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What does a low hemoglobin count mean?

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A low hemoglobin count means that a patient has less of a protein found in red blood cells than what is considered normal in a blood test, according to Mayo Clinic. A low hemoglobin count is a common finding and may not indicate a serious condition.

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Patients who have a slightly below-normal hemoglobin count are not likely to have any symptoms, Mayo Clinic explains. A significantly lower count may indicate that the patient has anemia, or a lack of red blood cells, which carry oxygen through the bloodstream throughout the body.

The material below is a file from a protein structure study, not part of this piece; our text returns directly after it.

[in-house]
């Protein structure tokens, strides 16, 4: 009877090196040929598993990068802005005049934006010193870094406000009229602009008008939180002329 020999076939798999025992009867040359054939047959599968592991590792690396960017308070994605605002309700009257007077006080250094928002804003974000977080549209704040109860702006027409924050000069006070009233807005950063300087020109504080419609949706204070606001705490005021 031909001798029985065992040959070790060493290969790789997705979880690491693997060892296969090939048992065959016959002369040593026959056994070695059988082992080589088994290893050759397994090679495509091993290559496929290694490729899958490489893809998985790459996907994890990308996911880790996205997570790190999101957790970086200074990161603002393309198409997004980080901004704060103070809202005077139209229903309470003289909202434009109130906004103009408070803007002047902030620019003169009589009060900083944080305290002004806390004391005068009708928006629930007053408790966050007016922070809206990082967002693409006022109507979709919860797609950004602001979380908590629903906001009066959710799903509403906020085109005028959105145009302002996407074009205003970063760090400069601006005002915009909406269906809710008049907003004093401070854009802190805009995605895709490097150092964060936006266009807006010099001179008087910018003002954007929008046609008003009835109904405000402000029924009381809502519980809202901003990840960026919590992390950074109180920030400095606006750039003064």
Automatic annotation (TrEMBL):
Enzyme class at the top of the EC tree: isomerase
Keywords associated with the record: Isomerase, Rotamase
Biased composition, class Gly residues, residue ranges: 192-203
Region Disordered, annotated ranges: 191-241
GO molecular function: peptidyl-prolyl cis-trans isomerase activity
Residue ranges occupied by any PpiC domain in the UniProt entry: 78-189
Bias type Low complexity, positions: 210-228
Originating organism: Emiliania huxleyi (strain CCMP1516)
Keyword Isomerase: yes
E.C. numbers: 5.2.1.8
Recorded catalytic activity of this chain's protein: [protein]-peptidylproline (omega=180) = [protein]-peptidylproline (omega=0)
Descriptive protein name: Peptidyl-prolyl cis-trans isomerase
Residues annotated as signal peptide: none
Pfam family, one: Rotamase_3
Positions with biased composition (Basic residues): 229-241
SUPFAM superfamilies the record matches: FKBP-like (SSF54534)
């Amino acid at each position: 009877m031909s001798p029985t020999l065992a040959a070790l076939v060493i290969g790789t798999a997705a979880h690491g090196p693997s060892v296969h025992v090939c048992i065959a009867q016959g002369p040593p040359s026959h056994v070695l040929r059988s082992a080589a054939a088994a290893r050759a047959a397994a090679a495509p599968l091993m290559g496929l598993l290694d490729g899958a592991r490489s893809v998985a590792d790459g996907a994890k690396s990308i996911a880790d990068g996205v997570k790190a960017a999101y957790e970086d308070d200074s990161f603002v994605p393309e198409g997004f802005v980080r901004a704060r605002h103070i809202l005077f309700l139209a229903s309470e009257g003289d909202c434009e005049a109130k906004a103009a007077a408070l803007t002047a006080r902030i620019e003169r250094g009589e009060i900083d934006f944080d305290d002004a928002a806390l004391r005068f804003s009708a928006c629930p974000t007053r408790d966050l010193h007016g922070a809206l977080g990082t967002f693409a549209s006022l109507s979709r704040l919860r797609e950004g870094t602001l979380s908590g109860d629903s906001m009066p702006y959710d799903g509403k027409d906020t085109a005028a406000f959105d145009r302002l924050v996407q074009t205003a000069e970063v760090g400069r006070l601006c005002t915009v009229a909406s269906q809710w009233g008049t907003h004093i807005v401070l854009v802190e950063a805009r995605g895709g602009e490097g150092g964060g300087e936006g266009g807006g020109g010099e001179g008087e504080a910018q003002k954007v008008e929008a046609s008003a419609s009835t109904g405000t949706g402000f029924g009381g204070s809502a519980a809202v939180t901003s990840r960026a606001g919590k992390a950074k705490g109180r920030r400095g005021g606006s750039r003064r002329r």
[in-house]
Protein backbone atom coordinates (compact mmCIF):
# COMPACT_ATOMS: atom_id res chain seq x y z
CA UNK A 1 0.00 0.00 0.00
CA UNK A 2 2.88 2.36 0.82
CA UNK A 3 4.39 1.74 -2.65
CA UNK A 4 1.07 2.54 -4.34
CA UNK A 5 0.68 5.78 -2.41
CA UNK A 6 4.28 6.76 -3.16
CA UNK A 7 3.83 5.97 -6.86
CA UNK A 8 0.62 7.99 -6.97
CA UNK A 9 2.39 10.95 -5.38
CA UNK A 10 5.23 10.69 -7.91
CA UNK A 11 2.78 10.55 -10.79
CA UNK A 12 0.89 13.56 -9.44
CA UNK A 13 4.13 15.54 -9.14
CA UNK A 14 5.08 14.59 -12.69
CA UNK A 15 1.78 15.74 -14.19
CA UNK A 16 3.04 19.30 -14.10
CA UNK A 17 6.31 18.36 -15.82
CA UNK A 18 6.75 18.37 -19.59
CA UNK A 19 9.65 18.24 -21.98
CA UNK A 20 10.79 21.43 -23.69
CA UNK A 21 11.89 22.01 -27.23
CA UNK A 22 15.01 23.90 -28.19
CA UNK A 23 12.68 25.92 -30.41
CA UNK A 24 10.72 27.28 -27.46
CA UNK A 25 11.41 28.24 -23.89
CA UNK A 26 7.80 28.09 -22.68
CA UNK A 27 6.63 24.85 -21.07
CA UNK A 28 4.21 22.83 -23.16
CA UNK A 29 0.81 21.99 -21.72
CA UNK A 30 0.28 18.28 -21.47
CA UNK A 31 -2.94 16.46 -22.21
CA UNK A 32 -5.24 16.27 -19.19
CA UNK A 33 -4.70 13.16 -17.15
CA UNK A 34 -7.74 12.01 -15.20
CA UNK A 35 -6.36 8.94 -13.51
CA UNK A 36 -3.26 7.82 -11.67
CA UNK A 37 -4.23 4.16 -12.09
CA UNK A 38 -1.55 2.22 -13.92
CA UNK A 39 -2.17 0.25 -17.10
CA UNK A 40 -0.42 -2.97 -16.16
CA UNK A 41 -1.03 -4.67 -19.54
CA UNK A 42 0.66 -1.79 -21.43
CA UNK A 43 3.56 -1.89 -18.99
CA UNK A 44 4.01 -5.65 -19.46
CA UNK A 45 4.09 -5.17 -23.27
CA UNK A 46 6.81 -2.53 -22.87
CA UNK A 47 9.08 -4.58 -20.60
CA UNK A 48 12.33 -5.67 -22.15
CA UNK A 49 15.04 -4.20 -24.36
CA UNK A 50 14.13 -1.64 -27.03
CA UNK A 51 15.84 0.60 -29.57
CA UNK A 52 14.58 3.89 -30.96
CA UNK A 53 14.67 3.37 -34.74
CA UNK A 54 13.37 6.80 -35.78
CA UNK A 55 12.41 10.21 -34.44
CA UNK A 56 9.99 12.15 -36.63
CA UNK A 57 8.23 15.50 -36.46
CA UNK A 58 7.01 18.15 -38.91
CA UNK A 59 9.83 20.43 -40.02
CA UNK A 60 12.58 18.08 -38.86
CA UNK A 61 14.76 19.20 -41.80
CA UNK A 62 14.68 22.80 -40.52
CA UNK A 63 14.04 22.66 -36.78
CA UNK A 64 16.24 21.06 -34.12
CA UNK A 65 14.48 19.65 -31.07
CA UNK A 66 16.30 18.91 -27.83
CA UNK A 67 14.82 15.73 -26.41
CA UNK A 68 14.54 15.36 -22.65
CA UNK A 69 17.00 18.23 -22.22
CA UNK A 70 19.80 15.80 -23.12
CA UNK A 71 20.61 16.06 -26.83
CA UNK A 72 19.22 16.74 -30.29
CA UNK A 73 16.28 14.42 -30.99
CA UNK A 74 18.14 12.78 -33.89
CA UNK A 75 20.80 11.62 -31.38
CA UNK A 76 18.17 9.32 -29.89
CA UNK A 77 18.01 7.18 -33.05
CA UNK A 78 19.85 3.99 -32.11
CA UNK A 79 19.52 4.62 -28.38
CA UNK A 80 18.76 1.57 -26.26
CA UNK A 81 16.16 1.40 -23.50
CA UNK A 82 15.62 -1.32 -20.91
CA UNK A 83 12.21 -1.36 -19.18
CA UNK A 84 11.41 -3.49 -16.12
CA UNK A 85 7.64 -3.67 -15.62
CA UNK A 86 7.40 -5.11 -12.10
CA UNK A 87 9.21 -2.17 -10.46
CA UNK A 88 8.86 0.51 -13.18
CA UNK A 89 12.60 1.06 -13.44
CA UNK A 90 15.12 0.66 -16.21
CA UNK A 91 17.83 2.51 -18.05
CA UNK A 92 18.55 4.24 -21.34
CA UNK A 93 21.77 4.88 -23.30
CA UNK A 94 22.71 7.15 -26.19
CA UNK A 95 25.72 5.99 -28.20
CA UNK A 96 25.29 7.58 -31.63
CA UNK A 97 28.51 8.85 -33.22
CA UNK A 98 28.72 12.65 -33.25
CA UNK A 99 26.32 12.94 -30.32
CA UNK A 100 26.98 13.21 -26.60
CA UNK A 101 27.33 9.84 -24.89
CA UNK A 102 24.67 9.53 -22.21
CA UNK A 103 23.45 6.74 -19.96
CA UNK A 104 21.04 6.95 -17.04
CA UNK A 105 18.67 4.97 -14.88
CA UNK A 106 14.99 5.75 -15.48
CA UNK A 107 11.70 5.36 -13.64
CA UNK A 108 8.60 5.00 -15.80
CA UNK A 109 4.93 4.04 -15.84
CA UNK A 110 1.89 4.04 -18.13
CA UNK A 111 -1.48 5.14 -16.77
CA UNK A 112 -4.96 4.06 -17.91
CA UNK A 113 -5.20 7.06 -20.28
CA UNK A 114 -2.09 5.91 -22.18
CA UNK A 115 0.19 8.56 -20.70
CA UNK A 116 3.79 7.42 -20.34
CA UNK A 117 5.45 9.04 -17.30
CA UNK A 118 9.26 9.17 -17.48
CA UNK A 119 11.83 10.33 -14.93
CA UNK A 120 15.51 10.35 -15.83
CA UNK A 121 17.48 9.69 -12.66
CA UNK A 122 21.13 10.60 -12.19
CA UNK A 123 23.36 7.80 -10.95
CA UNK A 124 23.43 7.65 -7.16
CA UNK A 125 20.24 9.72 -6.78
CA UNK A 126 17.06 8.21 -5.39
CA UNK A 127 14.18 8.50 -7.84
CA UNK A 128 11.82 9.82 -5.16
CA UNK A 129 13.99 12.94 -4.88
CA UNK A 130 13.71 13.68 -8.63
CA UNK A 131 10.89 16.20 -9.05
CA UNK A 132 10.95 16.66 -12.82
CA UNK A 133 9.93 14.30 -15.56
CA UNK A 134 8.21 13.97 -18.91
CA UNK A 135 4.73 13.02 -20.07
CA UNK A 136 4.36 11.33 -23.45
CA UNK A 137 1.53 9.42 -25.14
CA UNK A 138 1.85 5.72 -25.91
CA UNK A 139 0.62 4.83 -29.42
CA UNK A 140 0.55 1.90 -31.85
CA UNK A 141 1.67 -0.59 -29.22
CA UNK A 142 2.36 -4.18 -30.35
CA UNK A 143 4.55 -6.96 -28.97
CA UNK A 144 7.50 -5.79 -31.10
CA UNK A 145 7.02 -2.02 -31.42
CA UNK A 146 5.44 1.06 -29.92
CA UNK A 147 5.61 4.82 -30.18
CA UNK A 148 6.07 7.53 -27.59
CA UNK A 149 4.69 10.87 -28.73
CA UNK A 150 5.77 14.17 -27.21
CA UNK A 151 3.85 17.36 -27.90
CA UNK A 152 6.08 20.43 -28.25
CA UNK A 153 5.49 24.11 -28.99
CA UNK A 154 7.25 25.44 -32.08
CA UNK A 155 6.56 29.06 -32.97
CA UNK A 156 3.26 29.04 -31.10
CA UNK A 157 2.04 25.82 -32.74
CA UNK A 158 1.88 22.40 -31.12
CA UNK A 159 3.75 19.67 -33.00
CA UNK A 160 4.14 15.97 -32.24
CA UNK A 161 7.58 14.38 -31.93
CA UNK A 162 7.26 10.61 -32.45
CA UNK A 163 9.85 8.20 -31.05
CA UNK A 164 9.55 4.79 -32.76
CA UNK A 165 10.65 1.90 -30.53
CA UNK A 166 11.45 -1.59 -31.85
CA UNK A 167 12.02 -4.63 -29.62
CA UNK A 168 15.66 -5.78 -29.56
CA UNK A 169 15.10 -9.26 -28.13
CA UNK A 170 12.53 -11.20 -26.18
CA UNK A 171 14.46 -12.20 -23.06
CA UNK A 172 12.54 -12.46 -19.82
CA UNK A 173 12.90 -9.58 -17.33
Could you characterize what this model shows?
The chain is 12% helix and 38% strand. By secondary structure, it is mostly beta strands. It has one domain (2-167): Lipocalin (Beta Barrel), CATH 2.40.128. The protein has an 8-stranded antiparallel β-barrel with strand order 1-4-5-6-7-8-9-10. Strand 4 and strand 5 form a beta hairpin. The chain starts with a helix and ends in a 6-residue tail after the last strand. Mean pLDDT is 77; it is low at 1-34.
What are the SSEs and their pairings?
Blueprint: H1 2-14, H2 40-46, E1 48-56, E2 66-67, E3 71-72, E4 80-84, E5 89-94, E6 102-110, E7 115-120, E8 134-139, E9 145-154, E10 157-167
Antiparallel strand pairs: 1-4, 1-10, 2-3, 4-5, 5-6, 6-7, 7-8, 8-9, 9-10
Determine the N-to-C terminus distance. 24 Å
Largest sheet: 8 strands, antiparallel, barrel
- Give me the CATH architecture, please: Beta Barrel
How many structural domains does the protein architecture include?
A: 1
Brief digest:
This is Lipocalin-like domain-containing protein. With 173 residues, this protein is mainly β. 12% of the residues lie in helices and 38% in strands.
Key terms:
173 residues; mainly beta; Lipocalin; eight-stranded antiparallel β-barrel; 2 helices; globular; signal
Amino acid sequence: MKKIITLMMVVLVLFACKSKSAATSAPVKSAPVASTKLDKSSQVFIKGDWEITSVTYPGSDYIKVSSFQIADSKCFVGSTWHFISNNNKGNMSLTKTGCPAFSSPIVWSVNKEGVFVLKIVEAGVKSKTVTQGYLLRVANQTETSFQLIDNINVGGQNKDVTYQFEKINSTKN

Although low hemoglobin counts vary slightly from practice to practice, most medical professionals define below normal as 13.5 grams of hemoglobin per deciliter of blood for men, and less than 12 grams per deciliter for women, Mayo Clinic reports. A low-count indicator for children depends on age and gender.

A variety of conditions can lead to a low hemoglobin count, Mayo Clinic states. Blood loss may be at fault. Sometimes the low count is caused by diseases and conditions that either cause the body to produce fewer red blood cells or destroy them faster than they can be produced. Pregnancy and some medications can also produce a lower hemoglobin count.

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